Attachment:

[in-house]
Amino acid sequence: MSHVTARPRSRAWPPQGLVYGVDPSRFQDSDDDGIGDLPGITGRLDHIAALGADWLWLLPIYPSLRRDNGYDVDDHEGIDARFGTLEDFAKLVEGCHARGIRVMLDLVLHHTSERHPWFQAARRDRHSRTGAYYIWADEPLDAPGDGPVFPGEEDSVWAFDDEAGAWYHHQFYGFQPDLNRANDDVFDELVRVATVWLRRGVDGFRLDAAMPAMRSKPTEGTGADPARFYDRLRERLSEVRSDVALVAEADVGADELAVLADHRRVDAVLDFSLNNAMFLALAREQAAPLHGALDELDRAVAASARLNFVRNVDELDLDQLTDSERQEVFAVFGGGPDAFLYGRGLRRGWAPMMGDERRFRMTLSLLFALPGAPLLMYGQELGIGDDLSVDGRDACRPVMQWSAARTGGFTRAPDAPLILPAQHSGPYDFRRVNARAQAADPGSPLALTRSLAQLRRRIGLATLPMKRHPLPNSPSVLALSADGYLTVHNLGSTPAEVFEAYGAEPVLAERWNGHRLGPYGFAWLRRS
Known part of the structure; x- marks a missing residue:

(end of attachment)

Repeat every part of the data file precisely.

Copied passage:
[in-house]
Amino acid sequence: MSHVTARPRSRAWPPQGLVYGVDPSRFQDSDDDGIGDLPGITGRLDHIAALGADWLWLLPIYPSLRRDNGYDVDDHEGIDARFGTLEDFAKLVEGCHARGIRVMLDLVLHHTSERHPWFQAARRDRHSRTGAYYIWADEPLDAPGDGPVFPGEEDSVWAFDDEAGAWYHHQFYGFQPDLNRANDDVFDELVRVATVWLRRGVDGFRLDAAMPAMRSKPTEGTGADPARFYDRLRERLSEVRSDVALVAEADVGADELAVLADHRRVDAVLDFSLNNAMFLALAREQAAPLHGALDELDRAVAASARLNFVRNVDELDLDQLTDSERQEVFAVFGGGPDAFLYGRGLRRGWAPMMGDERRFRMTLSLLFALPGAPLLMYGQELGIGDDLSVDGRDACRPVMQWSAARTGGFTRAPDAPLILPAQHSGPYDFRRVNARAQAADPGSPLALTRSLAQLRRRIGLATLPMKRHPLPNSPSVLALSADGYLTVHNLGSTPAEVFEAYGAEPVLAERWNGHRLGPYGFAWLRRS
Known part of the structure; x- marks a missing residue: